Technology is increasing exponentially. The changes you have seen in the past 20 years will not compare to the changes you will see in the next 20. It’s predicted that we won’t just see 100 years of progress in the 21st century; it will be more like 20,000 years of progress.
With advances in technology, come changes in jobs. The World Economic Forum predicts that improvements in areas such as artificial intelligence (AI), robotics, nanotechnology and 3D printing will lead to 7.1 million jobs being lost, versus just 2 million gained by 2020.
Will you as a soloist be among the 7.1 million lost?
It’s impossible to predict.We should however, be aware of advancements in our industry. Adapt or die, right?
Let’s take a look at two broad industries: Retail and Writing.
While there are plenty of other industries (think self-driving cars and robots checking you into hotels), I’ve kept this article to the two industries I have experience in.
Do you sell products online or offline? Do you manufacture products? This section is for you.
Like many soloists I’ve tried (and failed in) many ventures. In the previous two years I started two e-commerce stores. I’ve subsequently sold both stores and the advances in technology have me seriously questioning if I’ll ever start a third. While there will be plenty of factors affecting the retail industry in the years ahead, perhaps the most fascinating is 3D printing.
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3D printing is the process of printing, layer-by-layer three-dimensional objects based on a digital template. 3D printers can now print in full colour and in over 250 materials including titanium, plastic, rubber, glass, ceramic, leather and even chocolate. If you have the right materials and the right template, you can print almost anything.
- Working guns
- High heels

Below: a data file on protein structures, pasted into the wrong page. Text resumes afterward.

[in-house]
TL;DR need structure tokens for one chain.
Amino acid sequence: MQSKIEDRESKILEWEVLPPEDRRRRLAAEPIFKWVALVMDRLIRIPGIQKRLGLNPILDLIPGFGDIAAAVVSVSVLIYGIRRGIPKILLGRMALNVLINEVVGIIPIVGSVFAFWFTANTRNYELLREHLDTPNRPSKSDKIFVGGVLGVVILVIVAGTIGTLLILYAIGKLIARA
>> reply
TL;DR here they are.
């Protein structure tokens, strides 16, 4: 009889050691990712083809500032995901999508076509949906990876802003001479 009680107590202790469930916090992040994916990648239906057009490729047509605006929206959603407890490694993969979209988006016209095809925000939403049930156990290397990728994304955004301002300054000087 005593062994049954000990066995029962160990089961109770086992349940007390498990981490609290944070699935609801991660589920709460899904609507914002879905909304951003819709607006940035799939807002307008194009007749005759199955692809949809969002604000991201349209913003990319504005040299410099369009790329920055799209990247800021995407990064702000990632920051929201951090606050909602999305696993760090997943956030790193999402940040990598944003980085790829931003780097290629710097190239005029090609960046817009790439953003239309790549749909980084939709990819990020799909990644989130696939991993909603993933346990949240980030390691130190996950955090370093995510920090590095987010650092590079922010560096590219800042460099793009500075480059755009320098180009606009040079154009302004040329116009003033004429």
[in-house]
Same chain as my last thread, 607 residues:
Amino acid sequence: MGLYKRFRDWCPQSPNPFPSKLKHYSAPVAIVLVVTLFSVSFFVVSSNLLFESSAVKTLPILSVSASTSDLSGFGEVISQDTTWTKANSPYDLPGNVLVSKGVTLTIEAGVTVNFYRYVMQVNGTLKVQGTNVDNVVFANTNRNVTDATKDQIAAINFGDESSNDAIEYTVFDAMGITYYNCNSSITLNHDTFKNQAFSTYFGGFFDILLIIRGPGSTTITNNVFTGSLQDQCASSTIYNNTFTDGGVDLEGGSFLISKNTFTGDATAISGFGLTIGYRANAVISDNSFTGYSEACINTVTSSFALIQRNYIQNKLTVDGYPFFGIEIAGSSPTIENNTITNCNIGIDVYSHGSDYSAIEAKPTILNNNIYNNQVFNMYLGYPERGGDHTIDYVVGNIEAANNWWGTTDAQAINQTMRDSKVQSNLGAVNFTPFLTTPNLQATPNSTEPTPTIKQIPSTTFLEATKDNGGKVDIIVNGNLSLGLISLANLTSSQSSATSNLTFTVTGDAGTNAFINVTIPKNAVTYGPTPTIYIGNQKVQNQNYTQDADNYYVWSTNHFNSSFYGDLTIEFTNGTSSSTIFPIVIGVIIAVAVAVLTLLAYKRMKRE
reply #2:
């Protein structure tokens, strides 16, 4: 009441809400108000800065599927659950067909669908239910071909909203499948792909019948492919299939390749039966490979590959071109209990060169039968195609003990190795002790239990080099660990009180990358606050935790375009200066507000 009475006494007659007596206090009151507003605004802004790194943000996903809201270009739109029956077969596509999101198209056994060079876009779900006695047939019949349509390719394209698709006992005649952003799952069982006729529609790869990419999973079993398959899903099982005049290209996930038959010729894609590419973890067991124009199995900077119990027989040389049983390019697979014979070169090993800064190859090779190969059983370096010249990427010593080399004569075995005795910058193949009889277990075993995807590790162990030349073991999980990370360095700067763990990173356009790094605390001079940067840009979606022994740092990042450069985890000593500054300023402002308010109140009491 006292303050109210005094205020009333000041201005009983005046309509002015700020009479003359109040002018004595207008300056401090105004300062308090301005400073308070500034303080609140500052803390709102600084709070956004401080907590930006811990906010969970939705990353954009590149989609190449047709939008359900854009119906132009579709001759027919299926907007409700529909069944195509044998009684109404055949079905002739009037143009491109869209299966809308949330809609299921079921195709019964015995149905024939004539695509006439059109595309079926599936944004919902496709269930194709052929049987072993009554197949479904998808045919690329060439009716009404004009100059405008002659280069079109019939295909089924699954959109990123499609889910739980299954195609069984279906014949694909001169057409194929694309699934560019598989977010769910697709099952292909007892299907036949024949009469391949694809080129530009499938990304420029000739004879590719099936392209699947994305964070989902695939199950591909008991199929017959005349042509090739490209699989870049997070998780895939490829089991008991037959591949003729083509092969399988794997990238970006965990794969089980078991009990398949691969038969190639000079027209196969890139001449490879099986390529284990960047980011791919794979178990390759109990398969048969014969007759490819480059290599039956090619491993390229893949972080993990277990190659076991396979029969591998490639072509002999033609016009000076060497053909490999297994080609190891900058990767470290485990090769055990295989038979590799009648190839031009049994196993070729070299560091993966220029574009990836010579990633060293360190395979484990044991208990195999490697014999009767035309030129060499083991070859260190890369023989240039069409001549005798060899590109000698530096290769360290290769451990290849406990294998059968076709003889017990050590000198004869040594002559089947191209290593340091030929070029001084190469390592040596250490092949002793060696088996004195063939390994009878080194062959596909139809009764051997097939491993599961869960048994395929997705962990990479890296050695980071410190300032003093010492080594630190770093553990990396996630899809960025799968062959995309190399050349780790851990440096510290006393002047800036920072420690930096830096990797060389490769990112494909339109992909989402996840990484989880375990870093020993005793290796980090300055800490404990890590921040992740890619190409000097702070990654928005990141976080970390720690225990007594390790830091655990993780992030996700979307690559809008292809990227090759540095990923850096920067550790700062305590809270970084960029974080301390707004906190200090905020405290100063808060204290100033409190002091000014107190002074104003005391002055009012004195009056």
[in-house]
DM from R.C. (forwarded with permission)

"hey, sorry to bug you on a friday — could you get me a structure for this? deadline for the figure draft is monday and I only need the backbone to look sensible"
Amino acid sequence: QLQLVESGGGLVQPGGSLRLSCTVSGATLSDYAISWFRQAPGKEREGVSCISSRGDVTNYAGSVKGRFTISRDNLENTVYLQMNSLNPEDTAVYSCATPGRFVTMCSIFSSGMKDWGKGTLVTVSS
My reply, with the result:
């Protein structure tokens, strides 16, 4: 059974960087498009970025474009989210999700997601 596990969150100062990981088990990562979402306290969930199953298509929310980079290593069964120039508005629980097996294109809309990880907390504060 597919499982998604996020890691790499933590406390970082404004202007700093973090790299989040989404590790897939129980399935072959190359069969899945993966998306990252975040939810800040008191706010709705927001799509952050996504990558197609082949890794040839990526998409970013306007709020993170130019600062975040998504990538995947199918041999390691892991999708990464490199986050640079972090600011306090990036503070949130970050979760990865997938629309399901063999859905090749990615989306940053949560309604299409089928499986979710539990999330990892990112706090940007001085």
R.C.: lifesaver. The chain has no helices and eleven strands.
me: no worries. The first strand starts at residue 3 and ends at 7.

- Jet engines
- Camera lenses
- Figurines from your child’s drawings
- Decorative furniture
- Medical devices and prosthetics
- Coffee cups
A Japanese company will even use your ultrasound to print out a 3D model of your fetus. Crazy, right?
Peter Diamandis, CEO of XPrize recently issued this warning:
“If you or your customers are in the business of making anything, 3D printing is on the road to disrupting your industry and your business.”
Imagine you wanted a new shirt. You could drive to the shops and buy one. You could order one online and wait for it to arrive. Or, you could print your own.
“Fashion is going to be disrupted in a big way. Through the combination of scanning, digitising, computing, sensing, active performance monitoring, and mixed materials, we will be able to print fully functional clothing and wearable devices.”
“Shoes will be tailor-made based on your posture, your stance, and your arch. Accessories will be customisable and immediately printable. Everything will be perfectly designed to fit your body.You’ll be able to see a beautiful new dress designed in Paris that morning, buy it, and print it in your closet to wear that evening.”
While the above example pertains to fashion items, it can be applied to many retail sectors.
As 3D printers continue their exponential growth – becoming more affordable, faster and more easy to use – people will be able to create anything they want, at any time they want.
Still not convinced? OLO have just raised over 2 million dollars via Kickstarter to create the first ever Smartphone 3D printer.
When every household has a 3D printer and all they need to do is download a file, will they still buy from your business?
Are you a journalist, editor, copywriter, or blogger? This section is for you.
When you think about robots taking over jobs, I bet writing jobs aren’t at the top of your list. Perhaps you should think again. Why?
- A Japanese Artificial Intelligence Machine has just written a novel that passed the first round for a literary prize.
- Valentin Kassarnig at the University of Massachusetts has created an AI machine that has learned how to write political speeches that come very close to the real thing.
While I like to hold on to the idea that human thought will always be required, the exponential improvements in AI hav definitely left me thinking that my job as a Copywriter may not exist in the years to come.
Industries have always changed and always will. Hopefully this article has given you reason to pause and ask the following:
Will advances in technology have major impacts to my business?